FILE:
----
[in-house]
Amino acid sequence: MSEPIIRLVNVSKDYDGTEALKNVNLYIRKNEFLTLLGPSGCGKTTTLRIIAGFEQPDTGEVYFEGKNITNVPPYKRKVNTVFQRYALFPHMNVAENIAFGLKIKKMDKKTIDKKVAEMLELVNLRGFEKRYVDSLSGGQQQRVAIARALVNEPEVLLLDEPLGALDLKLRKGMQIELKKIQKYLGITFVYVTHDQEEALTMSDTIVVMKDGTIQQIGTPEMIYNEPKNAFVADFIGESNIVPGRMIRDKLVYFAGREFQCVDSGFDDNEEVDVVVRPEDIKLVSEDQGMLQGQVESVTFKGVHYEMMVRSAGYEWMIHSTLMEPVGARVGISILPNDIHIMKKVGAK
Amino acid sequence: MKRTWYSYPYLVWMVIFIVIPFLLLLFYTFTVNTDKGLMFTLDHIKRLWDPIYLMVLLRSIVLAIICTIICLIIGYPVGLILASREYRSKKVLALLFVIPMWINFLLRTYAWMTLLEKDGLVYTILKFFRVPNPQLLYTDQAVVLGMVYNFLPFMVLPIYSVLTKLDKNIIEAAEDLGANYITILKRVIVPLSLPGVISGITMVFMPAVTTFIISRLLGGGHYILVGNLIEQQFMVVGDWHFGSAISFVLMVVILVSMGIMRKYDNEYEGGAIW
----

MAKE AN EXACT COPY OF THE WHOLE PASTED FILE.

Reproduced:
[in-house]
Amino acid sequence: MSEPIIRLVNVSKDYDGTEALKNVNLYIRKNEFLTLLGPSGCGKTTTLRIIAGFEQPDTGEVYFEGKNITNVPPYKRKVNTVFQRYALFPHMNVAENIAFGLKIKKMDKKTIDKKVAEMLELVNLRGFEKRYVDSLSGGQQQRVAIARALVNEPEVLLLDEPLGALDLKLRKGMQIELKKIQKYLGITFVYVTHDQEEALTMSDTIVVMKDGTIQQIGTPEMIYNEPKNAFVADFIGESNIVPGRMIRDKLVYFAGREFQCVDSGFDDNEEVDVVVRPEDIKLVSEDQGMLQGQVESVTFKGVHYEMMVRSAGYEWMIHSTLMEPVGARVGISILPNDIHIMKKVGAK
Amino acid sequence: MKRTWYSYPYLVWMVIFIVIPFLLLLFYTFTVNTDKGLMFTLDHIKRLWDPIYLMVLLRSIVLAIICTIICLIIGYPVGLILASREYRSKKVLALLFVIPMWINFLLRTYAWMTLLEKDGLVYTILKFFRVPNPQLLYTDQAVVLGMVYNFLPFMVLPIYSVLTKLDKNIIEAAEDLGANYITILKRVIVPLSLPGVISGITMVFMPAVTTFIISRLLGGGHYILVGNLIEQQFMVVGDWHFGSAISFVLMVVILVSMGIMRKYDNEYEGGAIW